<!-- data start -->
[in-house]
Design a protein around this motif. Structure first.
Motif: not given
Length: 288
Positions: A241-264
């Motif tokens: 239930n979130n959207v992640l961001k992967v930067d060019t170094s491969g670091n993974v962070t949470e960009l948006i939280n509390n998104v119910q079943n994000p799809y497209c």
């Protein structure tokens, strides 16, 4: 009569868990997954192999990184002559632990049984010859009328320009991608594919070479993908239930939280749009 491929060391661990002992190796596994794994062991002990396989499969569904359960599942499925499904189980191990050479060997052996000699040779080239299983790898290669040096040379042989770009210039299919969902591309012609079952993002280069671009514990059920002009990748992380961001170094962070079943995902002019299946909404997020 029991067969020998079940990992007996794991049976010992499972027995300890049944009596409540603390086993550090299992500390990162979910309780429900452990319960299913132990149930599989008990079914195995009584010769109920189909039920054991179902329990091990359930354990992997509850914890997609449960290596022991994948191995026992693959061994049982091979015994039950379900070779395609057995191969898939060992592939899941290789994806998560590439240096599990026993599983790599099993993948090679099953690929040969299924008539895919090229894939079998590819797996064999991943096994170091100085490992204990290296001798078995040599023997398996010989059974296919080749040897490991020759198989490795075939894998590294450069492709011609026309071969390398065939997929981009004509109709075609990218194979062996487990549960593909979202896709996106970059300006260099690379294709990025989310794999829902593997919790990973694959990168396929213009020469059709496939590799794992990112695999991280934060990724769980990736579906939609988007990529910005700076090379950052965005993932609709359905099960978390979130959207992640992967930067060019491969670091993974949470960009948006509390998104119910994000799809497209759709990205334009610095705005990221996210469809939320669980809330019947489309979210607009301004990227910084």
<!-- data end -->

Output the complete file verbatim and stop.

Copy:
[in-house]
Design a protein around this motif. Structure first.
Motif: not given
Length: 288
Positions: A241-264
């Motif tokens: 239930n979130n959207v992640l961001k992967v930067d060019t170094s491969g670091n993974v962070t949470e960009l948006i939280n509390n998104v119910q079943n994000p799809y497209c």
């Protein structure tokens, strides 16, 4: 009569868990997954192999990184002559632990049984010859009328320009991608594919070479993908239930939280749009 491929060391661990002992190796596994794994062991002990396989499969569904359960599942499925499904189980191990050479060997052996000699040779080239299983790898290669040096040379042989770009210039299919969902591309012609079952993002280069671009514990059920002009990748992380961001170094962070079943995902002019299946909404997020 029991067969020998079940990992007996794991049976010992499972027995300890049944009596409540603390086993550090299992500390990162979910309780429900452990319960299913132990149930599989008990079914195995009584010769109920189909039920054991179902329990091990359930354990992997509850914890997609449960290596022991994948191995026992693959061994049982091979015994039950379900070779395609057995191969898939060992592939899941290789994806998560590439240096599990026993599983790599099993993948090679099953690929040969299924008539895919090229894939079998590819797996064999991943096994170091100085490992204990290296001798078995040599023997398996010989059974296919080749040897490991020759198989490795075939894998590294450069492709011609026309071969390398065939997929981009004509109709075609990218194979062996487990549960593909979202896709996106970059300006260099690379294709990025989310794999829902593997919790990973694959990168396929213009020469059709496939590799794992990112695999991280934060990724769980990736579906939609988007990529910005700076090379950052965005993932609709359905099960978390979130959207992640992967930067060019491969670091993974949470960009948006509390998104119910994000799809497209759709990205334009610095705005990221996210469809939320669980809330019947489309979210607009301004990227910084």